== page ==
Additionally, any geometric or positional isomers of CLA may be utilized as the fatty acid in the present technology, however, the cis-9, trans-11 and trans-10, cis-12 isomers of CLA are preferred. It is believed, although not bound by any particular theory, that the 9,11-isomer is preferentially taken up and incorporated into the phospholipid fraction of animal tissues and to a lesser extent the 10,12-isomer has also been found to be similarly incorporated. For example, the CLA may preferably contain at least about 40 and upwardly about 45-50% of cis-9, trans-11 and trans-10, cis-12 isomers of CLA. The resultant triglyceride of the presently described technology may contain CLA derived acyl groups on one or all three of the glycerol backbone positions, with other fatty acids contained on any remaining positions. Preferably, however, the triglycerides produced by the presently described process contain at least 80% and more preferably at least 90% CLA derived acyl groups. The purity of the CLA content may be confirmed via Nuclear Magnetic Resonance Spectroscopy.

In accordance with the above discussion, additional embodiments of the present technology also include the compositions of 1,2 and 1,3 fatty acid diglycerides, specifically 1,2- and 1,3-diglyceride esters of CLA, produced by the above processes, as well as the triglyceride esters of fatty acids. More specifically, embodiments of the present technology include, for example, the triglyceride esters of CLA, including the triglyceride esters of cis-9, trans-11 and trans-10, cis-12 CLA.

EXAMPLES Example One

Utilizing a conventional process for production of triglyceride, a mixture of caprylic and capric fatty acids (225 g) and glycerol (43.5 g) were circulated through a packed column containing immobilized Rhizomucor miehei (10 g) maintained at 60° C. Water of reaction was removed throughout the reaction. After 219 hours, the product was found to contain 93% triglycerides.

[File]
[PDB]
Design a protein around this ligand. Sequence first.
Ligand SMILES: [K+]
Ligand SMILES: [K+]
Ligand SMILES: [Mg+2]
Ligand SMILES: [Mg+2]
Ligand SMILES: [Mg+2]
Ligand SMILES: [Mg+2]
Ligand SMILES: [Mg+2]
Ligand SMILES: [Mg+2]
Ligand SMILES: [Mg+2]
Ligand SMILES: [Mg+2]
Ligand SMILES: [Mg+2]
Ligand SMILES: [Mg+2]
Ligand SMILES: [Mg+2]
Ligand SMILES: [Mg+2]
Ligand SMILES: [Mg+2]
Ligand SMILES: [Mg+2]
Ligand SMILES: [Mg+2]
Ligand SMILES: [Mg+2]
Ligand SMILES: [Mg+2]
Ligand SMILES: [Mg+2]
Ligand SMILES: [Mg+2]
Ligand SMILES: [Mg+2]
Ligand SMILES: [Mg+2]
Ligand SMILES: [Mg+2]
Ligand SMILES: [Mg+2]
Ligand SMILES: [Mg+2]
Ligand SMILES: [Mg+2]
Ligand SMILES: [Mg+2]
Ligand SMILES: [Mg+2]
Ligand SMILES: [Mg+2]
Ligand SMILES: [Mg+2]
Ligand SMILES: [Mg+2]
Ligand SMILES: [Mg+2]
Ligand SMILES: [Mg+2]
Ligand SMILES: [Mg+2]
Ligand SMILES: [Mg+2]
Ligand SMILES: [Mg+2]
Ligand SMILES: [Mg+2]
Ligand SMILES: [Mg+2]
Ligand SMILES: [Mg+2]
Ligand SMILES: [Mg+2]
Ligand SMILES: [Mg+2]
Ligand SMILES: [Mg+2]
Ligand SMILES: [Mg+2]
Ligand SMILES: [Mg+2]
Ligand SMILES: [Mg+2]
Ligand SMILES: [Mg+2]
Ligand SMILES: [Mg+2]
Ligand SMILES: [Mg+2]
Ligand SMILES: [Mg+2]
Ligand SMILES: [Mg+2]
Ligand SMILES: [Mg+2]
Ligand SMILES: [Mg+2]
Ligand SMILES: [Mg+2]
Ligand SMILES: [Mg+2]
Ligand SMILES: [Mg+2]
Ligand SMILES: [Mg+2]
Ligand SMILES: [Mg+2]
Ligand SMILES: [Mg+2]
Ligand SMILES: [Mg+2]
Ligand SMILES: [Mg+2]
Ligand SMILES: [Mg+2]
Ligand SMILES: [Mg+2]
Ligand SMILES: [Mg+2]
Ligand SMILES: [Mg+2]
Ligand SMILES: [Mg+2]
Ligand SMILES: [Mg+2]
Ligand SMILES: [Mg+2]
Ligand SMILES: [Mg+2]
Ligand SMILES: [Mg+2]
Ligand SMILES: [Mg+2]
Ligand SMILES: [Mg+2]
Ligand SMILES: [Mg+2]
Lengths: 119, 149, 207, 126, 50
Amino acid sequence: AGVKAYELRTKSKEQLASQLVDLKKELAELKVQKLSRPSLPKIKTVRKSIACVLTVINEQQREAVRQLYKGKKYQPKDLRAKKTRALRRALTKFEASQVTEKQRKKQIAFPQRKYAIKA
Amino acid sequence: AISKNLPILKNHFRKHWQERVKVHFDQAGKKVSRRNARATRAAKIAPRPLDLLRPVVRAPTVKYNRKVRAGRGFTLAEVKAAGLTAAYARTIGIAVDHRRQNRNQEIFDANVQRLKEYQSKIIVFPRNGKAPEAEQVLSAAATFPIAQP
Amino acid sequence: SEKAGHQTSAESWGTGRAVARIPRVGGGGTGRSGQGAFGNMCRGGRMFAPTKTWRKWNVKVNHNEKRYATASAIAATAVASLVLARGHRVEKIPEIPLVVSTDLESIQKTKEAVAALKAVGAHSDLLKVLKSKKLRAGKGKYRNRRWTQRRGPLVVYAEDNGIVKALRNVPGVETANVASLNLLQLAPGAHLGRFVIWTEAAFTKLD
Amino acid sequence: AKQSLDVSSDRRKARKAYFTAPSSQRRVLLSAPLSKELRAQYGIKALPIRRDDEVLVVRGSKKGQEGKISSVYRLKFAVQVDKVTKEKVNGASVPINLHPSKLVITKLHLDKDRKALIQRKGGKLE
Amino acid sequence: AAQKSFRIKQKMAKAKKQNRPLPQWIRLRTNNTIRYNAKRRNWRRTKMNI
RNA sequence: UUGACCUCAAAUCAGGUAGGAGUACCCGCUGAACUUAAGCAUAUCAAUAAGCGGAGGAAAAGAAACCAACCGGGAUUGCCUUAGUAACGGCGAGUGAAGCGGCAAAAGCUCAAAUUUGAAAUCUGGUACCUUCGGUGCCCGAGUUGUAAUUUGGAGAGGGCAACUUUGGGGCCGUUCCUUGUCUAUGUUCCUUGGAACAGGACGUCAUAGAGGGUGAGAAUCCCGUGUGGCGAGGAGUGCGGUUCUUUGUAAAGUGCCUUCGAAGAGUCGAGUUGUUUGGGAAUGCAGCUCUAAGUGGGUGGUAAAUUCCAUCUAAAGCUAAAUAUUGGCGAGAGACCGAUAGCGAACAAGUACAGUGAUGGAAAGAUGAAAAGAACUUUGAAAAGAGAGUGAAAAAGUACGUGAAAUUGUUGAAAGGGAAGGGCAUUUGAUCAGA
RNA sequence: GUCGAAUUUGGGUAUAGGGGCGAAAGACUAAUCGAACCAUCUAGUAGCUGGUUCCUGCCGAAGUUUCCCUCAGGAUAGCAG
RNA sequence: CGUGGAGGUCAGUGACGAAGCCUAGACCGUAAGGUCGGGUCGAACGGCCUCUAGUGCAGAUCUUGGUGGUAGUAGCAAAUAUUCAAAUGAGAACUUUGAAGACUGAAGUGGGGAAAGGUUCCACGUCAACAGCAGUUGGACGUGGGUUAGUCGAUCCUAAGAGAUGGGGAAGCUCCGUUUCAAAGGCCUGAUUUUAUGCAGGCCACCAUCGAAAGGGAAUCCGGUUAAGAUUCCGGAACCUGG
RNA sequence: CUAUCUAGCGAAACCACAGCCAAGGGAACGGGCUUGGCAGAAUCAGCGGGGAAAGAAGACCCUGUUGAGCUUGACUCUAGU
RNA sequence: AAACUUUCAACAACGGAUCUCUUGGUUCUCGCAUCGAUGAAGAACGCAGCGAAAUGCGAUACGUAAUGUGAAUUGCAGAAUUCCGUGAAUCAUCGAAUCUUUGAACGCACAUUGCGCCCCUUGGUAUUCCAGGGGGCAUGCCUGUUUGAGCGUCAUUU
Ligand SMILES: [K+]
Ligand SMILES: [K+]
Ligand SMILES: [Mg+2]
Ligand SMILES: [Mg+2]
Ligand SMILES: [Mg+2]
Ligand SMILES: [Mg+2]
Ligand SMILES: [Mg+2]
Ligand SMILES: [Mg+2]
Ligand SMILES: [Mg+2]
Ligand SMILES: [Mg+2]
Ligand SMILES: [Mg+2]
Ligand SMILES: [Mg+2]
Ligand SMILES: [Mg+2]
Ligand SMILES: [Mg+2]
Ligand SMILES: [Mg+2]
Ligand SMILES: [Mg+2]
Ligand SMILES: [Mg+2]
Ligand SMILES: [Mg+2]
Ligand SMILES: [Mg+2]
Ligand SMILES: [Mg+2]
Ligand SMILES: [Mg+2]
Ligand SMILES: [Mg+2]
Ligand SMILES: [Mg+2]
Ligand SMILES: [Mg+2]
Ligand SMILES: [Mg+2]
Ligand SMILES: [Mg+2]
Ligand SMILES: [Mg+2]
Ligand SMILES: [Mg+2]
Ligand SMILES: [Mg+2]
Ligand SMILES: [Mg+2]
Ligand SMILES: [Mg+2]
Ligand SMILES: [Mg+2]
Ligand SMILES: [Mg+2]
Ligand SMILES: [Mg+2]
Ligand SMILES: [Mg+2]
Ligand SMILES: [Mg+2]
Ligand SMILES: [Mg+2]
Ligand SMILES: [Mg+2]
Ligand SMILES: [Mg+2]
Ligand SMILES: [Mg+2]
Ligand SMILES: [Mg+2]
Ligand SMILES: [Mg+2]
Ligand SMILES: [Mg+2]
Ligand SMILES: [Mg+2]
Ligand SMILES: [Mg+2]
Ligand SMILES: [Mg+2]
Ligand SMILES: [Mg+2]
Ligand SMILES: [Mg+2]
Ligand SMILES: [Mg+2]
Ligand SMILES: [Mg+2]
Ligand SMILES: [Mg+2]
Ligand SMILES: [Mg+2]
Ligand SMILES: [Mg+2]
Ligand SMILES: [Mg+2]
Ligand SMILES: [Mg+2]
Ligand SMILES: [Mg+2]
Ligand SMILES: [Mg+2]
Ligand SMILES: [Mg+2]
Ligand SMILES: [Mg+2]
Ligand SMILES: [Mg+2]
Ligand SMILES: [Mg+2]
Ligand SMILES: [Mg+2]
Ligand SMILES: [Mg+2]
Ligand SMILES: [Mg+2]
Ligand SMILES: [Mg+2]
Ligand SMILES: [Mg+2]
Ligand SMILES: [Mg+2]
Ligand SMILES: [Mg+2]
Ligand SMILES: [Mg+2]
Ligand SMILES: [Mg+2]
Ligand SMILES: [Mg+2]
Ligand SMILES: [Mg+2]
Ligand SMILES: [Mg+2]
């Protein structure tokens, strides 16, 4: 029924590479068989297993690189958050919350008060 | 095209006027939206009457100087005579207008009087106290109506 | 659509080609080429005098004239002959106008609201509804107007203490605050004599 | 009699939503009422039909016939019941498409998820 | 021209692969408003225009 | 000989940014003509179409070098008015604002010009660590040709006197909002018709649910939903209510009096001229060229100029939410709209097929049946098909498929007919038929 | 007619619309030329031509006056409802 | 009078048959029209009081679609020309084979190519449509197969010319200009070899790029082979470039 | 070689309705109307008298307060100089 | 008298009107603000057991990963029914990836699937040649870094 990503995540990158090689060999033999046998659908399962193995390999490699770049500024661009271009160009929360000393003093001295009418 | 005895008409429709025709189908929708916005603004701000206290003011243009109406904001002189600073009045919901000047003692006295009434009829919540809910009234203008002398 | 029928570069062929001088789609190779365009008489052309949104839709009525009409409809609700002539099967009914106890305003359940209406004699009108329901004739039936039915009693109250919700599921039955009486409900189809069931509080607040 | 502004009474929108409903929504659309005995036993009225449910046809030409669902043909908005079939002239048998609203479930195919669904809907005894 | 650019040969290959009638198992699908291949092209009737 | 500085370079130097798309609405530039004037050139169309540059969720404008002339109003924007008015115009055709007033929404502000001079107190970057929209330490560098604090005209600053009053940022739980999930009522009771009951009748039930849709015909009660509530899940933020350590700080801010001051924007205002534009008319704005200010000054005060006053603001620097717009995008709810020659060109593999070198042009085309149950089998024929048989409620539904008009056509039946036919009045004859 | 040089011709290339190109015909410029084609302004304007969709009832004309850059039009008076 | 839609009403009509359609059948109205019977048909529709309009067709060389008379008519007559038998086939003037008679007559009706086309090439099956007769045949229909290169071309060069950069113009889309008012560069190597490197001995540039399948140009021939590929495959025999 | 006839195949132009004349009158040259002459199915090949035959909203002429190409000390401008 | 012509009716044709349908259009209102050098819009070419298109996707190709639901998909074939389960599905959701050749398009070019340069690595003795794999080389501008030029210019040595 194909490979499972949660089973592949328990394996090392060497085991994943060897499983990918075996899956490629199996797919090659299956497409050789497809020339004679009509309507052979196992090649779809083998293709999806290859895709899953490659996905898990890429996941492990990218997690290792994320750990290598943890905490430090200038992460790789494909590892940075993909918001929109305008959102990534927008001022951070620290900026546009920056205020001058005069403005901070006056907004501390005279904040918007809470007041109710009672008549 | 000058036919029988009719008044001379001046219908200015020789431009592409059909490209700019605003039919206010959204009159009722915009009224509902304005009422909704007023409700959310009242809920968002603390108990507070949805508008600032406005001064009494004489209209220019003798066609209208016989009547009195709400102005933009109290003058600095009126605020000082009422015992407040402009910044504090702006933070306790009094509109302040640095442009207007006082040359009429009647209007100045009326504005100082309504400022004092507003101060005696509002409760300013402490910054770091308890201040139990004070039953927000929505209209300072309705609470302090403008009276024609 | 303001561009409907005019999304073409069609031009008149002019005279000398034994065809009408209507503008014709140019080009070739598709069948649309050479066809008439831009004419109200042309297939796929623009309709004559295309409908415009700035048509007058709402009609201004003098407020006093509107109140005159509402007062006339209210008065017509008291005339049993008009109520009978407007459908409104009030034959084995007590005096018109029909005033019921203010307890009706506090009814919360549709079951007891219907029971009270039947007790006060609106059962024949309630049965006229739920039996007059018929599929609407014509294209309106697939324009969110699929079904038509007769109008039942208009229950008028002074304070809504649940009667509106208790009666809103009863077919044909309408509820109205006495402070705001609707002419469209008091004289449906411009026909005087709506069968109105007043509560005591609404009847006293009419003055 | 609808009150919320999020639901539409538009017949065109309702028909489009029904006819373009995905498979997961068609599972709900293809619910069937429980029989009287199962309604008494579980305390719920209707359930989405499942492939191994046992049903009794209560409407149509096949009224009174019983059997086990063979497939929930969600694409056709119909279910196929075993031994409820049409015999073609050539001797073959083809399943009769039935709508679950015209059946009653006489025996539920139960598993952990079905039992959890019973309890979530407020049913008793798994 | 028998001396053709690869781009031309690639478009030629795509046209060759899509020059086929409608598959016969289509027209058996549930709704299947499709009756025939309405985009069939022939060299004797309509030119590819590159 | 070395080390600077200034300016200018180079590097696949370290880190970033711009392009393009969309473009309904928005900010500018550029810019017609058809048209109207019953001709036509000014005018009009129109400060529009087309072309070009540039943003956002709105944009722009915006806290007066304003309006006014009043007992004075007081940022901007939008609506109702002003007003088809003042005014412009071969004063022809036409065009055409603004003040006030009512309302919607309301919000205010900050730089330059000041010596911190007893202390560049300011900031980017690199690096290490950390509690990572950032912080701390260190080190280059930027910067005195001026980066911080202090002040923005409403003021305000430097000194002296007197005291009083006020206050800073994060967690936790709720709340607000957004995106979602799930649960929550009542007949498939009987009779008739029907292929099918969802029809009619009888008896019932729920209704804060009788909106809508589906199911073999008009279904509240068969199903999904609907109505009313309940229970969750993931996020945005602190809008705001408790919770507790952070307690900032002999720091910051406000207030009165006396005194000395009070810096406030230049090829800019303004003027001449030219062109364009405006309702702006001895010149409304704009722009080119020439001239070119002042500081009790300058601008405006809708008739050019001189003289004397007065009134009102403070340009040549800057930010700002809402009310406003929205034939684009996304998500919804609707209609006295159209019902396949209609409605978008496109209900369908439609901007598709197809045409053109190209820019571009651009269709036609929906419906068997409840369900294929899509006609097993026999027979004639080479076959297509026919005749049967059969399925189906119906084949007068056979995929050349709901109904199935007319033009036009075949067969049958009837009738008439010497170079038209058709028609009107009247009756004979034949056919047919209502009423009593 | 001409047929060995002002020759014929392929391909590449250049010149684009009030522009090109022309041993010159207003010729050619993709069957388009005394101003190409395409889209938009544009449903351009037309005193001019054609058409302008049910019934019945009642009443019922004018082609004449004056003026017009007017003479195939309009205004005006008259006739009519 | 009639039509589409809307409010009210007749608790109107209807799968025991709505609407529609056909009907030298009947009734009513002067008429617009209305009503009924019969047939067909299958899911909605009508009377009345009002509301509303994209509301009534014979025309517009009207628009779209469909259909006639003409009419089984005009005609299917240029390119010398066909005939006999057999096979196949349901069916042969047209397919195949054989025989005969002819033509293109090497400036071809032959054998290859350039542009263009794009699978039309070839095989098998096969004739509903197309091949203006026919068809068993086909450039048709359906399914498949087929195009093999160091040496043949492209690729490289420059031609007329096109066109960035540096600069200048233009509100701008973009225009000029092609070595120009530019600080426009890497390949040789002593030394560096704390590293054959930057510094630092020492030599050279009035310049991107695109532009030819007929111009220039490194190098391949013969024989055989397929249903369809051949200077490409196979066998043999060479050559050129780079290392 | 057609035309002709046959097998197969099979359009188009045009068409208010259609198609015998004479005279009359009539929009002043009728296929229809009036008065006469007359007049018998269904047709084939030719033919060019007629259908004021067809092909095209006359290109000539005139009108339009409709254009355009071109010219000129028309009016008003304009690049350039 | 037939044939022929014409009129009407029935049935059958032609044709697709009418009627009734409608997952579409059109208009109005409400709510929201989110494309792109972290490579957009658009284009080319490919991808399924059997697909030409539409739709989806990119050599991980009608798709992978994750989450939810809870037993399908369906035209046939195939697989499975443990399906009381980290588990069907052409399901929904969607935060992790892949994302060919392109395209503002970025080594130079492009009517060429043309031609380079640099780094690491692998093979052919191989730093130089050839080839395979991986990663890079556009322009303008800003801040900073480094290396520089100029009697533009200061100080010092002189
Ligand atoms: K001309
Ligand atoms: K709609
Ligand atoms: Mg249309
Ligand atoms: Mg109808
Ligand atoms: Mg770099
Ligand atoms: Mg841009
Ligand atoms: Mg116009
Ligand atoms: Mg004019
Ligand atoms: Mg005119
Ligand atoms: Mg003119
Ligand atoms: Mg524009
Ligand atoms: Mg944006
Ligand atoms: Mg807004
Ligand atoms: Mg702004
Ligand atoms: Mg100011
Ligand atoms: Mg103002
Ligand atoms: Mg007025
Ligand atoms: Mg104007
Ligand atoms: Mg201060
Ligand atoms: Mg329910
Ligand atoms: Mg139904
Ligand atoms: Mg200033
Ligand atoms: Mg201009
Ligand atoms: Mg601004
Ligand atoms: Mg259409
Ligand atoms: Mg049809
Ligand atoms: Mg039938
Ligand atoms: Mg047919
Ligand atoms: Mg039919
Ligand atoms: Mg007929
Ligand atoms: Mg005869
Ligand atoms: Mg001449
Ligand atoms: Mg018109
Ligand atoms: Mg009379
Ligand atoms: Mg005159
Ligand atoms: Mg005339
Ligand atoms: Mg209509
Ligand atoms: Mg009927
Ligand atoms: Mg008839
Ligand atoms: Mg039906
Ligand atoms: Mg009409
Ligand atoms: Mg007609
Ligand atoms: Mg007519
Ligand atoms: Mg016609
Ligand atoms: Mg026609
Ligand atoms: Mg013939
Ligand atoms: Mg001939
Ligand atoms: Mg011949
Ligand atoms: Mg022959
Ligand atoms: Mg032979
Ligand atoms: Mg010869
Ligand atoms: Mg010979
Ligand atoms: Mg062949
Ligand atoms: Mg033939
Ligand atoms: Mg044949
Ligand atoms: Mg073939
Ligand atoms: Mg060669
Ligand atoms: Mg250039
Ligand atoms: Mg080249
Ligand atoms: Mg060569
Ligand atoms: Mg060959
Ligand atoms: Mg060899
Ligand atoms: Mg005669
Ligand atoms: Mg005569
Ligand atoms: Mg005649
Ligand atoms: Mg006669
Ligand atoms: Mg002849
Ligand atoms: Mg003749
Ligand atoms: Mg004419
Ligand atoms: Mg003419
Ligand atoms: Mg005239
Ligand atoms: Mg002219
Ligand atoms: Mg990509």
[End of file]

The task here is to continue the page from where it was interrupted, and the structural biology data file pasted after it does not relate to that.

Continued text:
One of ordinary skill in the art will appreciate that production according to this conventional process is industrially impracticable and inefficient. Reaction times of upwards of 200 hours are difficult to utilize in an industrial application. High energy costs, low efficiency, and low vessel utilization make this conventional process expensive and time-consuming.

Example Two

A mixture of caprylic and capric fatty acids (225 g) and glycerol (43.5 g) were circulated through a packed column containing immobilized Rhizomucor miehei maintained at 60° C., then heated to 100° C. Water of reaction was removed throughout the reaction. The product was found to contain 93% triglycerides after 17 hours.

Example Three

Conjugated linoleic acid (110 lbs) and glycerol (20.8 lbs) were circulated through a packed column containing 2.9 lbs of Lipozyme RM-IM (Novozyme Co.). The column was maintained at 65° C. After exiting the column, the reaction mixture was heated to 110° C., then cooled and returned to the packed column for further reaction. Water of reaction was removed continually throughout the reaction. After about 36 hours, the reaction was complete.

Example Four

A mixture of caprylic and capric fatty acids (225 g), glycerol (43.5 g), and Rhizomucor miehei were stirred at 10 mmHg and 45° C. in a batch-type reactor, then the resulting glycerides and any unreacted acids and glycerol were circulated through a reaction zone heated to 100° C. The product was found to contain 93% triglycerides after 17 hours.

Those of ordinary skill in the art will appreciate that the processes of Examples Two through Four, done according to the present technology, offer drastically improved process efficiency. The reaction times of 36 hours in Example 3, and 17 hours in Example 2 and Example 4, are much shorter than conventional reaction times for triglycerides, particularly the 219 hours of Comparative Example 1. Due to the increased efficiency and shorter reaction times, embodiments of the present technology offer increased vessel utilization and decreased energy requirements, both providing a significant cost savings. The increased efficiency and shorter reaction times of the present technology also provide an industrially practicable process for the production of triglycerides.

The invention is now described in such full, clear, concise and exact terms as to enable any person skilled in the art to which it pertains, to practice the same. It is to be understood that the foregoing describes preferred embodiments and examples of the invention and that modifications may be made therein without departing from the spirit or scope of the invention as set forth in the claims.

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Non-Patent Citations
Reference
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Classifications
U.S. Classification435/134
International ClassificationC12P7/64
Cooperative ClassificationC12P7/6472
European ClassificationC12P7/64E2F